Ferrari

The Only Road Legal GT40 Stunt Car From “Ford V Ferrari” Is for Sale

Ford V Ferrari was a cinematic blockbuster that set out to tell the abridged tale of how an American car company took the fight to Ferrari in Europe, and came out the victor. Featuring big names like Matt Damon and Christian Bale, the automotive star of the show is the Ford GT40, the racecar that took Ford to four Le Mans victories in the 1960s. Obviously, the production needed a few stunt cars to shoot the film, and now, one of those very replica GT40s will be sold at the upcoming Mecum Auctions in Dallas this September.



a car parked in a parking lot: Ford V Ferrari was a cinematic blockbuster that set out to tell the abridged tale of how an American car company took the fight to Ferrari in Europe, and came out the victor. Featuring big names like Matt Damon and Christian Bale, the automotive star of the show is the Ford GT40, the racecar that […]


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Ford V Ferrari was a cinematic blockbuster that set out to tell the abridged tale of how an American car company took the fight to Ferrari in Europe, and came out the victor. Featuring big names like Matt Damon and Christian Bale, the automotive star of the

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Ferrari Enters Luxury Fashion, Targeting Uninitiated Youth

Maranello, Italy (AP) — Ferrari V12 production cars were suspended over the factory floor Sunday night as the 74-year-old luxury carmaker launched a new era as a lifestyles brand, with a runway show unveiling its first ready-to-wear collection targeting a younger generation that might not be aware of its Formula One racing pedigree and coveted performance street cars.

Models walked along the halted production line in a symbolic gesture that underlined the creative interplay between Ferrari’s long lineage of sleek, curved automotive bodies and the fashion line by creative director Rocco Iannone, strong on structured outwear contrasting with fluid, bright printed silks in Ferrari red, Scuderia yellow and electric blue.

Iannone’s collection could easily have narrowly targeted Ferrari’s already loyal customer base — mostly more mature consumers who fill waiting lists for the nearly 10,000 annual production of luxury cars that start around $200,000 — with more staid driving clothes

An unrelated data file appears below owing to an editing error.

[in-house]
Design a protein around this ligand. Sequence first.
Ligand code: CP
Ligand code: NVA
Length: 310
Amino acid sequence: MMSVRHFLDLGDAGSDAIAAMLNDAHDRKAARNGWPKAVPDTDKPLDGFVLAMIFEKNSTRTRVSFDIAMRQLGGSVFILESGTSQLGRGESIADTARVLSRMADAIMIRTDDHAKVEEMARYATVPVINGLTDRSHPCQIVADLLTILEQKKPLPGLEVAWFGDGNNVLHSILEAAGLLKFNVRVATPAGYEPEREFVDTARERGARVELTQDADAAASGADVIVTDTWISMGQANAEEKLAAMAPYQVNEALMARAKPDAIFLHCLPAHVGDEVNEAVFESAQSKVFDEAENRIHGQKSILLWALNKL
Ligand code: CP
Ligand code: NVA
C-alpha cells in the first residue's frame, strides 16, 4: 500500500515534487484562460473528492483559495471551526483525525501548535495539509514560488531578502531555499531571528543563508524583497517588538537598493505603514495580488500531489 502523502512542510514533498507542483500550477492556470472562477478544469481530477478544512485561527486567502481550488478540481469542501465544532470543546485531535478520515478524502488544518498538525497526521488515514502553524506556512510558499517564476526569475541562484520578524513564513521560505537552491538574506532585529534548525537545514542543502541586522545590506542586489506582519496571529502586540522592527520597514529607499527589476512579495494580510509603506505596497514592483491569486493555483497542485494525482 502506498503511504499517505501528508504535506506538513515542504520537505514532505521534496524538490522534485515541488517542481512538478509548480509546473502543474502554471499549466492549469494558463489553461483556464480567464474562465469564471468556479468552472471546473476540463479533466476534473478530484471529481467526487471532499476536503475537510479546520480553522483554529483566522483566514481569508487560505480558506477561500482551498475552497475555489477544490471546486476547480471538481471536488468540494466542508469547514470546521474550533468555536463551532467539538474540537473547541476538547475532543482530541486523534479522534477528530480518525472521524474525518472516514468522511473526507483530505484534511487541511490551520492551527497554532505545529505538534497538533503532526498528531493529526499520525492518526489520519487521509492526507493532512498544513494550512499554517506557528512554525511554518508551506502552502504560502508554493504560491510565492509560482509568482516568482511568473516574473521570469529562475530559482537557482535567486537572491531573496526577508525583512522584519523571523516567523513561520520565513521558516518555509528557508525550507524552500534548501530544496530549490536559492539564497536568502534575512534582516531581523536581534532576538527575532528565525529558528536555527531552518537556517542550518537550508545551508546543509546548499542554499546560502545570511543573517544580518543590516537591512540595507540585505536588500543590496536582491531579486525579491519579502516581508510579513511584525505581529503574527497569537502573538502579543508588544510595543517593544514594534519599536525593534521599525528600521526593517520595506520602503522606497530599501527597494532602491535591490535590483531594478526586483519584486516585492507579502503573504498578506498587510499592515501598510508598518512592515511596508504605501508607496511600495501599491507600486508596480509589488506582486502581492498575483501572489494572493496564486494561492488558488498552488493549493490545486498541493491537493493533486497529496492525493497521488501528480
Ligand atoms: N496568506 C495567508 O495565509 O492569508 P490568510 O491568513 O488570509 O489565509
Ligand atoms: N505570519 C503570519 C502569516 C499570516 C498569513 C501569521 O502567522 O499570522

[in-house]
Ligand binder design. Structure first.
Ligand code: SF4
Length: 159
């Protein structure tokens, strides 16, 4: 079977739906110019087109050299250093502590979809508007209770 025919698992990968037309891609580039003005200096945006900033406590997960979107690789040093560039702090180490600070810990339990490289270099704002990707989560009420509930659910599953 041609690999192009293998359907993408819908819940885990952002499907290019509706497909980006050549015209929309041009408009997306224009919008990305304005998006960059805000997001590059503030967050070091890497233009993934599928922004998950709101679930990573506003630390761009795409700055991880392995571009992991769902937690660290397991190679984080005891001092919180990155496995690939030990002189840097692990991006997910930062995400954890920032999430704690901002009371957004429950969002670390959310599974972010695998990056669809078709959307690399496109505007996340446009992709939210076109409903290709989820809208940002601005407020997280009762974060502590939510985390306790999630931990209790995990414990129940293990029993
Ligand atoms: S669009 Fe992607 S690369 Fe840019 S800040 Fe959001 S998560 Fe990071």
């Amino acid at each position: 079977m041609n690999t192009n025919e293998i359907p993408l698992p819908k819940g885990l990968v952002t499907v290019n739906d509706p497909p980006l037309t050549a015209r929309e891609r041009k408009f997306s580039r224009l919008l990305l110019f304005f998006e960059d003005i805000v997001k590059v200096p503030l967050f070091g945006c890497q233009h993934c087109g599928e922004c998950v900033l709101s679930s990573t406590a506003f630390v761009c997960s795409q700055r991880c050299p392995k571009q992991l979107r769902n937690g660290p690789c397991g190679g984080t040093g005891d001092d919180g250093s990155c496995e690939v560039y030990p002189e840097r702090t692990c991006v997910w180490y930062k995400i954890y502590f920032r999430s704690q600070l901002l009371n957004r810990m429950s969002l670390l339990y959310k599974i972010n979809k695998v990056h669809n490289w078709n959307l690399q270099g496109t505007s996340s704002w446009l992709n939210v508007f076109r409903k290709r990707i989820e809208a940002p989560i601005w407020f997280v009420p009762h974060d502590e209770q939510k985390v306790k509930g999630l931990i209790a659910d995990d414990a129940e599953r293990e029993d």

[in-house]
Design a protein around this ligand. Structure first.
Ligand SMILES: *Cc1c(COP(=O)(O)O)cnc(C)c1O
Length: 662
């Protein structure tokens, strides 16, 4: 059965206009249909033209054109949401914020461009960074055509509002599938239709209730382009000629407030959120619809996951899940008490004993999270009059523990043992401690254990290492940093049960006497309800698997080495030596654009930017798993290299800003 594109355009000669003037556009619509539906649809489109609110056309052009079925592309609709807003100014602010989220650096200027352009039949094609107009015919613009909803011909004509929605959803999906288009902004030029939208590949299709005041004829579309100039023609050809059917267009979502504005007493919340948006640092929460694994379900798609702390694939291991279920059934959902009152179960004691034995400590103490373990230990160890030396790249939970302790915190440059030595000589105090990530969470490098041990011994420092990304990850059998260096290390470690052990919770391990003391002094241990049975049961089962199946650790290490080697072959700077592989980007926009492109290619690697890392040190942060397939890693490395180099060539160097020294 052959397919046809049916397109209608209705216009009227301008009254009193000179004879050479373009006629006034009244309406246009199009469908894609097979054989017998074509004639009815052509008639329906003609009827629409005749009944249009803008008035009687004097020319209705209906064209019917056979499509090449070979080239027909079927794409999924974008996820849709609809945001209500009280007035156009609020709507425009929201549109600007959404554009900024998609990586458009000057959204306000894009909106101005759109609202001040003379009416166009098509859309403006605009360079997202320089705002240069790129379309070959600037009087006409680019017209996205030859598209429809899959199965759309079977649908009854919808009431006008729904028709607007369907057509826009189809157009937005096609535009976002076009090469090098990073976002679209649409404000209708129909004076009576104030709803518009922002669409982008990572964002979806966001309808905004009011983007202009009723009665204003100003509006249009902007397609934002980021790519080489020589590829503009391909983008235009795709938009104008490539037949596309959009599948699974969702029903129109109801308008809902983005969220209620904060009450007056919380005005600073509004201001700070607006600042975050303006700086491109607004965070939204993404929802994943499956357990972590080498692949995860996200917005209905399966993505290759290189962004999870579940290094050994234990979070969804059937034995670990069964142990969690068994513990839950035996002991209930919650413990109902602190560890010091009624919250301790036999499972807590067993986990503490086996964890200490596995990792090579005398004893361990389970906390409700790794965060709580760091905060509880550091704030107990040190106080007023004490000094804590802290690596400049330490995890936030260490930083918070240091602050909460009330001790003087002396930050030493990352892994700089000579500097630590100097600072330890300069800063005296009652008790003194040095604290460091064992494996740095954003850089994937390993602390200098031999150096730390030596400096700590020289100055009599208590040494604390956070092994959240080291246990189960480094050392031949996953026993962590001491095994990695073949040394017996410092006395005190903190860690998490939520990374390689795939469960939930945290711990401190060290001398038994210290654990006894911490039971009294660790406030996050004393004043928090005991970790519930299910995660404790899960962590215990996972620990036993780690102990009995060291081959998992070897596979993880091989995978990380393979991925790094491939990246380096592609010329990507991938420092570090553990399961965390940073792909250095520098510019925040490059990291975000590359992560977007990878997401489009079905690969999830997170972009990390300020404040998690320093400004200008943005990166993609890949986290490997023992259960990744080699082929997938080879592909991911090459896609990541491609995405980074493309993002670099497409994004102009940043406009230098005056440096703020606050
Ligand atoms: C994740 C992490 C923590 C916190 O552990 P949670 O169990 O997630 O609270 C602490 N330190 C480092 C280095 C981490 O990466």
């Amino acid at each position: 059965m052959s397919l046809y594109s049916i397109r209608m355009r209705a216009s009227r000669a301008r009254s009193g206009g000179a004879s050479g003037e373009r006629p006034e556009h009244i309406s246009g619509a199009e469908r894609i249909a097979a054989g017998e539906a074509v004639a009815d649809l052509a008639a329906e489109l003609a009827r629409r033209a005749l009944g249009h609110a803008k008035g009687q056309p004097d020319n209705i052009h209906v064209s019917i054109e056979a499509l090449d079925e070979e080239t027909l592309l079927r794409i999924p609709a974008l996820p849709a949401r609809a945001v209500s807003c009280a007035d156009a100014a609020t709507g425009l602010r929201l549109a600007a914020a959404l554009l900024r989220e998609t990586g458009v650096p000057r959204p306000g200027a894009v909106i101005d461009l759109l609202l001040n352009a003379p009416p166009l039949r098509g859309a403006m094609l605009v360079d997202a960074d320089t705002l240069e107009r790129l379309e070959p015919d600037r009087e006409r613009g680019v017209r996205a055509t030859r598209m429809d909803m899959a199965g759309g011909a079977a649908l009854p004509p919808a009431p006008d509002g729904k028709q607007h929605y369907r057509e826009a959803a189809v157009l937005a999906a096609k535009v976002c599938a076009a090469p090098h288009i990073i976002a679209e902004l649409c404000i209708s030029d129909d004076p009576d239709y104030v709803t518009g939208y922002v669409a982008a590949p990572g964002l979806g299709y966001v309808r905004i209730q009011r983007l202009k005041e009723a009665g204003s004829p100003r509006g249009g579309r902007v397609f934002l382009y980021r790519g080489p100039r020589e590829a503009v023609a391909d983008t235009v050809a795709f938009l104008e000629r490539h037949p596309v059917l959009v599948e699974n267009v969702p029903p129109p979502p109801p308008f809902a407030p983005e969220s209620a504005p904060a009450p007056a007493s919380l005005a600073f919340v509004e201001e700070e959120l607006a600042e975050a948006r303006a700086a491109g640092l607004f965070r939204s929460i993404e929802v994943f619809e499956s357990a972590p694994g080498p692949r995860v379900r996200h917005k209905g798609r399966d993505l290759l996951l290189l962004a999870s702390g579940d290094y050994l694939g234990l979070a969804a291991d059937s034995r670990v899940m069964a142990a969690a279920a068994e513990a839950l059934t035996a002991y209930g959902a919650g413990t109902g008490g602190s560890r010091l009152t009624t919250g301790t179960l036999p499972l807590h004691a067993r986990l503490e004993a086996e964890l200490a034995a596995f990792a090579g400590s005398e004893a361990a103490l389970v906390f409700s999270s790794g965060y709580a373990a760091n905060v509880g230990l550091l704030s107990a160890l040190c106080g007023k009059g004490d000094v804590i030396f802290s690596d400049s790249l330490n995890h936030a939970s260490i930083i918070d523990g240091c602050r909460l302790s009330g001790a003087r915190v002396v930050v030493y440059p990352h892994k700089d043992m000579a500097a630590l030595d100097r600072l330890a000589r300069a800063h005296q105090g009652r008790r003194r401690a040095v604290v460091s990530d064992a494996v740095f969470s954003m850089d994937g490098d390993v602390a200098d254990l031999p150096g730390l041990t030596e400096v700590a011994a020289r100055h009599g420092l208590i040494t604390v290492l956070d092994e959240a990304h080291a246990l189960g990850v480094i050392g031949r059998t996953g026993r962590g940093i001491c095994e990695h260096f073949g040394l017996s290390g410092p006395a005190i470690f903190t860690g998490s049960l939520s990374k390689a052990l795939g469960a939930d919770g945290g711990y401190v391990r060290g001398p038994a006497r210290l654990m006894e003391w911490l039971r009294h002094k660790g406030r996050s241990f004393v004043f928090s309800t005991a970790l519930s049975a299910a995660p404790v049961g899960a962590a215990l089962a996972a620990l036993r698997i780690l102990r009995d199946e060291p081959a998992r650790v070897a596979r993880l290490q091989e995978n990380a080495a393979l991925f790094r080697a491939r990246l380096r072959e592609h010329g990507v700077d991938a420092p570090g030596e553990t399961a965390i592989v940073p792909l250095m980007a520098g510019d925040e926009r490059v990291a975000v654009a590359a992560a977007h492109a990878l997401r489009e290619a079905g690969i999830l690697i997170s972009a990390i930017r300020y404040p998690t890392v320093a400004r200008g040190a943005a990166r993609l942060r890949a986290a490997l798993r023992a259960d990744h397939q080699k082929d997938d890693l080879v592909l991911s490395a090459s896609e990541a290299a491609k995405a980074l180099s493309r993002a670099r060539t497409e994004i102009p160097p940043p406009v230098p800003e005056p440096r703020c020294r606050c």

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Ferrari Hits a Bump – WSJ

Ferrari investors may have gotten too used to smooth driving.

The luxury sports-car maker isn’t pulling away from the challenges posed by the pandemic quite as effortlessly as some were hoping. Its shares fell 7% in New York Tuesday after the company said it would hit its 2022 financial targets a year late due to Covid-19. Ferrari delayed some spending last year; now it has worked through its delivery schedule enough to expect a knock-on impact on profits next year.

The selloff highlights just how high the stakes are when a stock fetches more than 40 times prospective earnings. If investors are spooked by some relatively minor post-pandemic grinding of gears, they may not be properly prepared for Ferrari’s move into the electric age—a process fraught with much greater risks for a brand based on engine noise.

Chairman John Elkann said last month that Ferrari would launch its first

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Why This Unrestored 1955 Ferrari Could Fetch a Bonkers $2.6 Million at Auction

The allure of unrestored cars has grown over the past couple of decades, with “survivor” vehicles now featured in their own classes at the most prestigious concours events worldwide. The most coveted of these survivors are so-called barn finds—cars sequestered in a dusty garage, shuttered warehouse or even a chicken coup, only to be disinterred decades later. Visions of Howard Carter opening King Tut’s tomb come to mind, and these modern-day automotive discoveries reveal their own amazing secrets.

This 1955 Ferrari 250 Europa GT, offered by Gooding & Company, is an exciting example of a car likely to be worth as much or more in its original condition than if it were a pristine, restored example. That this Prancing Horse has been in a state of suspended animation for 55 years makes it a precious research tool for collectors, historians and restorers. Gooding & Company estimates it will bring

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